Newt surveys are required for a number of reasons. You may have been asked by a local planning officer, architect or county ecologist. Most common reasons being to support a planning application.
The need for great crested newt surveys will generally be identified at the time of a Preliminary Ecological Appraisal.
Although, Common and palmate newts are not protected by law in the UK the larger Great Crested Newt receives full legal protection under the Conservation of Species and Habitats Regulations 2010 and the Wildlife and Countryside Act 1981.
If a habitat shows potential for newts on a development site, our fully licensed ecology consultants will be able to advise on the best survey solutions.
Newts: Surveys and mitigation for planning permission
Great crested newts (GCN) are a protected species. Meaning, developments near newts, their eggs and habitats are governed by law.
Do I need a GCN survey?
Most likely. Especially if your development is within 500m of a pond or water source.
This information will be determined during a preliminary ecological appraisal or phase 1 habitat survey.
If your plans are to carry out development works which could disrupt or harm bats or their roosts. If your local planning authority has asked for an ecology survey then you will need to carry out a bat survey.
Typically demolition of building, barn conversions, house extensions and tree surgery all require a protected species survey and potentially mitigation.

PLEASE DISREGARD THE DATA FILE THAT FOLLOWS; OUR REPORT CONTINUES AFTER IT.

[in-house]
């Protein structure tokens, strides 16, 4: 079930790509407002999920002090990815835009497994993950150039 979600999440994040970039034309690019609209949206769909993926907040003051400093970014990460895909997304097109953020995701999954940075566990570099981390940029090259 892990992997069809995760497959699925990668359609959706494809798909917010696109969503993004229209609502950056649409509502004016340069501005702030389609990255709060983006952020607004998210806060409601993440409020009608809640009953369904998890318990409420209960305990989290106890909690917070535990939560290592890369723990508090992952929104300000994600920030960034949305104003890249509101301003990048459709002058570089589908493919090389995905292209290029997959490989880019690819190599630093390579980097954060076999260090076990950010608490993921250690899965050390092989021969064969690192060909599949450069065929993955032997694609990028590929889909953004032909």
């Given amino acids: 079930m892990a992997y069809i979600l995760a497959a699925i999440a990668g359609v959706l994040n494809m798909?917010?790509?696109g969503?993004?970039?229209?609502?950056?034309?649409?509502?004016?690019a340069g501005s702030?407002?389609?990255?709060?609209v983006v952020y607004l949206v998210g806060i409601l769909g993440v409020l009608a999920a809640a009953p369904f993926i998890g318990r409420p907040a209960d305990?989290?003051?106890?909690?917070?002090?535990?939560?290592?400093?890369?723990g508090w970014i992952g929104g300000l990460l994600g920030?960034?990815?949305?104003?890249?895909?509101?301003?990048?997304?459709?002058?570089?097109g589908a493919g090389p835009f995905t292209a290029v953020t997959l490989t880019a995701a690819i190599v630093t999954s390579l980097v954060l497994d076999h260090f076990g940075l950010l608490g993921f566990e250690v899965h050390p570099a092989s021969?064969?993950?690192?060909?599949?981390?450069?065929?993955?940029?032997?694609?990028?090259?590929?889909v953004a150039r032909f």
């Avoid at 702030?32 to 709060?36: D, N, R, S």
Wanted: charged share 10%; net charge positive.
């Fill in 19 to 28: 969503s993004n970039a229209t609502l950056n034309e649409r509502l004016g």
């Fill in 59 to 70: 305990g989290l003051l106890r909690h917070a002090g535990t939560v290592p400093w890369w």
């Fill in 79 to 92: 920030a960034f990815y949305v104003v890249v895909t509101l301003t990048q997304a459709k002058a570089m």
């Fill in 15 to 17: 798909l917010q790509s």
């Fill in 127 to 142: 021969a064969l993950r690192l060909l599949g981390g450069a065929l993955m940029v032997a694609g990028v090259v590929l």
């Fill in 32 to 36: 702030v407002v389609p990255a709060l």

Why do I need a newt survey?
Well, it’s not uncommon especially if you are doing a development which may effect newts or their habitat.
Newt survey reports are required for development projects that may affect protected species. Newts and many other species are all protected under the The Wildlife and Countryside Act (as amended) 1981.
It’s important to remember. Newts almost never stop a development.
What happens on an ecology survey?
The need for great crested newt surveys will generally be identified at the time of a Preliminary Ecological Appraisal. During which, we can determine the types of survey that would suit the development best. These may include:
- Habitat suitability index (HSI) assessments
- Presence/absence surveys involving bottle/funnel trapping, refuge searches and egg searches
- Newt eDNA Analysis
For sites where the presence of great crested newts are confirmed, works generally need to be controlled by a protect species licence from Natural England.
Great Crested Newt eDNA
When newts (GCN) inhabit a pond or water source, their DNA is deposited into the water as evidence of their presence. We’re able to sample the water and analyses those samples to identify the presence of great crested newts within laboratories registered with Natural England to conduct eDNA work.
Newt Survey Calendar
Preliminary Assessment & eDNA
Presence/Absence Newt Surveys